Re: abusing exceptions

Jerry Coffin <>
Fri, 7 Dec 2007 16:02:55 CST
In article <>,

[ ... ]

i was wondering about using use exception handling as a non local goto
so i can implement tail calls, but the result is very slow with msvc
7.1, release build.

That's to be expected -- since exceptions are intended for handling only
_exceptional_ situations, compiler writers don't normally attempt to
make them fast at all. Rather the contrary, their whole emphasis is
generally on optimizing everything else, and if doing so makes exception
handling slower still, so be it.

can anybody tell me why, whether this is a blind alley, and how to speed
things up if it isn't?

It's pretty much a blind alley. The obvious way to speed up the code you
posted would be something like:

    for (int i=0; i<1000; i++)
        std::cout << i << ' ';

but I'm pretty sure that's not what you're really after. :-) As far as a
faster way of implementing tail-calls, the next possibility would be to
use setmjmp/longjmp. The problem with these is that they don't guarantee
that destructors are invoked upon exit from a scope (which exceptions
do). Under the circumstances, you can probably get away with that, and
the result will usually be a bit faster. I did a quick hack on your code
to convert it to use setjmp/longjmp, added a bit of instrumentation, and
so on, to get this:

#include <iostream>
#include <setjmp.h>
#include <time.h>

enum{SZ=10000000}; // increased to get a measurable time

using std::ostream;
using std::cout;

ostream &s_tail_call(jmp_buf buf, ostream &os, int &i) {
// eliminated output for timing purposes
// os << i++ << ' ';
   if(i < SZ) {
       longjmp(buf, i);
   else {
       longjmp(buf, -1);
   return os;

ostream &s_tail_call_0(ostream &os) {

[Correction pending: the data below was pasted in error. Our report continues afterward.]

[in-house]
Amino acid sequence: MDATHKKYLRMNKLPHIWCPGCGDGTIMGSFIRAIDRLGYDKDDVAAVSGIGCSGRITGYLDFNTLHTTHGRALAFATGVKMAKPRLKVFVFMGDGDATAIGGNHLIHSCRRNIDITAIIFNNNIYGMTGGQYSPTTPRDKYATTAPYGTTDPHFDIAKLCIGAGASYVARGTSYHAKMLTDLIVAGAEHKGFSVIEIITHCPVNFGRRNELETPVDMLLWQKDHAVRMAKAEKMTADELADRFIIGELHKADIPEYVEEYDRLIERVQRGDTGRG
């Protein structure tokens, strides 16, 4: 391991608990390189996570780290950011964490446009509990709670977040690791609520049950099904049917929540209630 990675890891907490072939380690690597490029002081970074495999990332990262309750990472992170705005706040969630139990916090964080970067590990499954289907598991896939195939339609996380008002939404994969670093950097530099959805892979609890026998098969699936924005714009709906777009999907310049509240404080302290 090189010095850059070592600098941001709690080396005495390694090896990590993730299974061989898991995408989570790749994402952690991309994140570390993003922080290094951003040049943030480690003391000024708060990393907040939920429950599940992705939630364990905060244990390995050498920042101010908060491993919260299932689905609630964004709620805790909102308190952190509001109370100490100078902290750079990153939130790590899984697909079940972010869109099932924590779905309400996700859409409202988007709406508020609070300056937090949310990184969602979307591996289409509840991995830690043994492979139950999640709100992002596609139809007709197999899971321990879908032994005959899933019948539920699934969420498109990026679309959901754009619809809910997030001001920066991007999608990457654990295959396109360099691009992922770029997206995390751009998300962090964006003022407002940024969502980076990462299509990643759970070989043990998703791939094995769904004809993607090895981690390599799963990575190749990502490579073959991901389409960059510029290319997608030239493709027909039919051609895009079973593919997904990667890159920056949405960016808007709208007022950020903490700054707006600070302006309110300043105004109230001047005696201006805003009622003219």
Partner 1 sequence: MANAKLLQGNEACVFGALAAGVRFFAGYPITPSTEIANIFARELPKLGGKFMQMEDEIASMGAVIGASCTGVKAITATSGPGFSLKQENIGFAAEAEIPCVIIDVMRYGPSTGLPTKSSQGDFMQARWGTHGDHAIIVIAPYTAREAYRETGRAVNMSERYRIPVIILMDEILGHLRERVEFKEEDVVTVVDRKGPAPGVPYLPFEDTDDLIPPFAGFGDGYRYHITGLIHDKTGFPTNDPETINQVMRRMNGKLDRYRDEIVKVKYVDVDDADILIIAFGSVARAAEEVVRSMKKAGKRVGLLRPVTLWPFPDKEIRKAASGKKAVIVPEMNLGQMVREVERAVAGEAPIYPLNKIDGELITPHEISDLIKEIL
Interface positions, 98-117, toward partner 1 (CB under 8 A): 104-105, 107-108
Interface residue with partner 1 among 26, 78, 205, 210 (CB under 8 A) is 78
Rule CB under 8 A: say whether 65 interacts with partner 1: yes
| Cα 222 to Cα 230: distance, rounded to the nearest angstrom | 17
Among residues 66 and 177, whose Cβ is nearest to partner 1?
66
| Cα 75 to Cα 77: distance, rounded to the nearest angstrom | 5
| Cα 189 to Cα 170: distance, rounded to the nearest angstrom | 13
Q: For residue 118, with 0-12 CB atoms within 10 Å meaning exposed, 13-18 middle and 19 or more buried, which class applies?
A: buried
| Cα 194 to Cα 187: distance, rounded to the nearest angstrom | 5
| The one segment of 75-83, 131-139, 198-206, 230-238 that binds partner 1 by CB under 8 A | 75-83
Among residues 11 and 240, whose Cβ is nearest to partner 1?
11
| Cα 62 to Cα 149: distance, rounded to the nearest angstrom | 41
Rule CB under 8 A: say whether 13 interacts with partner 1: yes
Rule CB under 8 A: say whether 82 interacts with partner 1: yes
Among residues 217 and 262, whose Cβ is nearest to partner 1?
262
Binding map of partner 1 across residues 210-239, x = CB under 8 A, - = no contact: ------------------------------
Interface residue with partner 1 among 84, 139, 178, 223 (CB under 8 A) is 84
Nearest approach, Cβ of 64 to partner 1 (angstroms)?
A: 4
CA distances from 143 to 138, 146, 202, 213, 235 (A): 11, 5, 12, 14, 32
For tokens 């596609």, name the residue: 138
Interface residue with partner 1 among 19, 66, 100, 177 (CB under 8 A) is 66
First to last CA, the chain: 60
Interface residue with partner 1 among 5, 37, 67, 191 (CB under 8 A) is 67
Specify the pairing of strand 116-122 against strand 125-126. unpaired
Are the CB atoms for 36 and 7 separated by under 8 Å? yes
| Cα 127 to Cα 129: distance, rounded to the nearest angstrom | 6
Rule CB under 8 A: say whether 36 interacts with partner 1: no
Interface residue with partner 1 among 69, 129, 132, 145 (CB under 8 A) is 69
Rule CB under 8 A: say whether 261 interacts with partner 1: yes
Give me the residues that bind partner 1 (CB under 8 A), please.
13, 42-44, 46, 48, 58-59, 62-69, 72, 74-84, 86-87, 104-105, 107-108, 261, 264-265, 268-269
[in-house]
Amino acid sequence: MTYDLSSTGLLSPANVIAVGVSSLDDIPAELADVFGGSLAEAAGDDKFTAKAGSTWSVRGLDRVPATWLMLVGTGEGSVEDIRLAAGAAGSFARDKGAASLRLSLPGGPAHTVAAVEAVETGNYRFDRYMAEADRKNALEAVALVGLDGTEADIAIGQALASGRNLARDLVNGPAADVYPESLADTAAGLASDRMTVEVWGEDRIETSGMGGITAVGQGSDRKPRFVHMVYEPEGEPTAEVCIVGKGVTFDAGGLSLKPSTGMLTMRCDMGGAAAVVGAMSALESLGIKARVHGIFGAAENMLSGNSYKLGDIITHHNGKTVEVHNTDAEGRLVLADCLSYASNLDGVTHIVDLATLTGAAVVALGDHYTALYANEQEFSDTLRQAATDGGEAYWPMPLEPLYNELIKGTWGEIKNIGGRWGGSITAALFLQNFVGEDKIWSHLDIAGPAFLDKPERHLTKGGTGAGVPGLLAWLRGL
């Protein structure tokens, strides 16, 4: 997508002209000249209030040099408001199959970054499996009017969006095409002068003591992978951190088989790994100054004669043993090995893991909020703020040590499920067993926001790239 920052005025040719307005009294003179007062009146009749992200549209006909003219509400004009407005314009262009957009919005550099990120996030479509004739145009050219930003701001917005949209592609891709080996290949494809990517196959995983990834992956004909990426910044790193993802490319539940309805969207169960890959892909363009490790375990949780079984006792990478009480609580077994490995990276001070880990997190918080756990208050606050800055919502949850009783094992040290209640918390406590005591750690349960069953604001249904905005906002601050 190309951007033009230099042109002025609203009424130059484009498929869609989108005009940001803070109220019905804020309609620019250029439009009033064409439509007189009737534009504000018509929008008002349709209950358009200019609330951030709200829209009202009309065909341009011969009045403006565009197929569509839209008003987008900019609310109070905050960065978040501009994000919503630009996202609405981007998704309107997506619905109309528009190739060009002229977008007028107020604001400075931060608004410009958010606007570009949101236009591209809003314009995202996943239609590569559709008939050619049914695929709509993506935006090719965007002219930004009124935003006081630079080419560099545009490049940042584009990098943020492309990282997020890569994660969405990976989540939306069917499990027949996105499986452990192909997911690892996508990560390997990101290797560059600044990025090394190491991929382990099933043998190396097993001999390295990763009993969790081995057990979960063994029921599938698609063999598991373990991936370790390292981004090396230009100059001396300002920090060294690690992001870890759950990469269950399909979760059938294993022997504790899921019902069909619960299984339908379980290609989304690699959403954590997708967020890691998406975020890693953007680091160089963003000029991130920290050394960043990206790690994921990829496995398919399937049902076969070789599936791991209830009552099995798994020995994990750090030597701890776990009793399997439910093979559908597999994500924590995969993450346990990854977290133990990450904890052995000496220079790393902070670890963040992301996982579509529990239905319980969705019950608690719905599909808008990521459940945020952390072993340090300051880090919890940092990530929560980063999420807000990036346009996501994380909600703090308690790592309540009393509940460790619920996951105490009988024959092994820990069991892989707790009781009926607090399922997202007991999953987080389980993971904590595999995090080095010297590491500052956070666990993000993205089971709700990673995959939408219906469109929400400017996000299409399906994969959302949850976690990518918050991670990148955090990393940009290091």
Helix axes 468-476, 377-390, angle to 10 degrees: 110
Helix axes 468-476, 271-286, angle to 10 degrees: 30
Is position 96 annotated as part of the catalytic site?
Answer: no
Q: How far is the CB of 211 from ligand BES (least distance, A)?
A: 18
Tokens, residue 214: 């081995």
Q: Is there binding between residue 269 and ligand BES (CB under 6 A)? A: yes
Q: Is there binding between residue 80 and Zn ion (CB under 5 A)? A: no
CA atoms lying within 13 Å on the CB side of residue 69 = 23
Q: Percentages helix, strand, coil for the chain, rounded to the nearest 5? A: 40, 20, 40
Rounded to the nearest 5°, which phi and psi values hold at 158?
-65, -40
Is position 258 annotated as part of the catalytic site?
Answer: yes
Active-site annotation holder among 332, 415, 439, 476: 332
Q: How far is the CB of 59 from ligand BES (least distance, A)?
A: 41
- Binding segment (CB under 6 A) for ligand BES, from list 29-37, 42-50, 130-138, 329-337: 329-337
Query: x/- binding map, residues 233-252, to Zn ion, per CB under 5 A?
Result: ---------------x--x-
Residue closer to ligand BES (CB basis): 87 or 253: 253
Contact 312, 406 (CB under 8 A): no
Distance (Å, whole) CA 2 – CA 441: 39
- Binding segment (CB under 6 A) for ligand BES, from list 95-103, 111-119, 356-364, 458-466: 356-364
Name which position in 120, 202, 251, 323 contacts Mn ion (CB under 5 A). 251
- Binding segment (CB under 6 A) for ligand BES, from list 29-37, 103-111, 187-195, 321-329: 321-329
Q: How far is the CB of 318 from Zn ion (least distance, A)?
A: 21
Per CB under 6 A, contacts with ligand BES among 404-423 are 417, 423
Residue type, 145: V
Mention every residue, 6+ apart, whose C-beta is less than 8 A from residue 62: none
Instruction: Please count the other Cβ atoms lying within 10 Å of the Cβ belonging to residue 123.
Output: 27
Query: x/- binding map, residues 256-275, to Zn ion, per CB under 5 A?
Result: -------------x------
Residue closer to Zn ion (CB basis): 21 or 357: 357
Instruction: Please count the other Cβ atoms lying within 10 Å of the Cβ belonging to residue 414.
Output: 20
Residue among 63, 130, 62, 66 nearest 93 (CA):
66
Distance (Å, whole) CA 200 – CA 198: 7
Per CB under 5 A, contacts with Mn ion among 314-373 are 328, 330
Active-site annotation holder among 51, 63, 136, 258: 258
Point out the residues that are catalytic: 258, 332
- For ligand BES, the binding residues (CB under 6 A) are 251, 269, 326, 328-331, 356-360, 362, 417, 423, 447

int i = 0;
   jmp_buf buf;

       s_tail_call(buf, os, i);

   return os;

struct Continuation
   Continuation(int cont)

   int cont_;

ostream &tail_call(ostream &os, int &i)
// likewise, eliminated otuput for timing purposes
// os << i++ << ' ';
   if(i < SZ)
       throw Continuation(i);
       // do nothing
   return os;

ostream &tail_call_0(ostream &os)
   int i = 0;
           tail_call(os, i);
       catch(Continuation c)
           i = c.cont_;
   return os;

// simple class to get execution time of a function in seconds.
template<class T>
class timer {
    ostream & x;
    T *f;
    timer(T *t, ostream &os) : x(os), f(t) {}

    double operator()() {
        clock_t start = clock();
        clock_t stop = clock();

        return (stop - start)/(double)CLOCKS_PER_SEC;

// function-template front-end to allow automatic deduction of the type
// for the timer class.
template<class T>
double do_time(T *t, ostream &os) {
    timer<T> x(t, os);
    return x();

int main(int argc, char* argv[])
    std::cout << "Using setjmp: "
        << do_time(s_tail_call_0, cout)
        << std::endl;

    std::cout << "Using Exceptions: "
        << do_time(tail_call_0, cout)
        << std::endl;

   return 0;

On my machine, the result is:

Using setjmp: 0.328
Using Exceptions: 17.234

IOW, setjmp/longjmp is about 50 times faster. Just keep in mind that the
speed increase is largely because setjmp/longjmp and exception handling
don't do entirely the same things. For this example, setjmp and longjmp
work fine -- but in the wrong situation, the results may not be nearly
so pretty...


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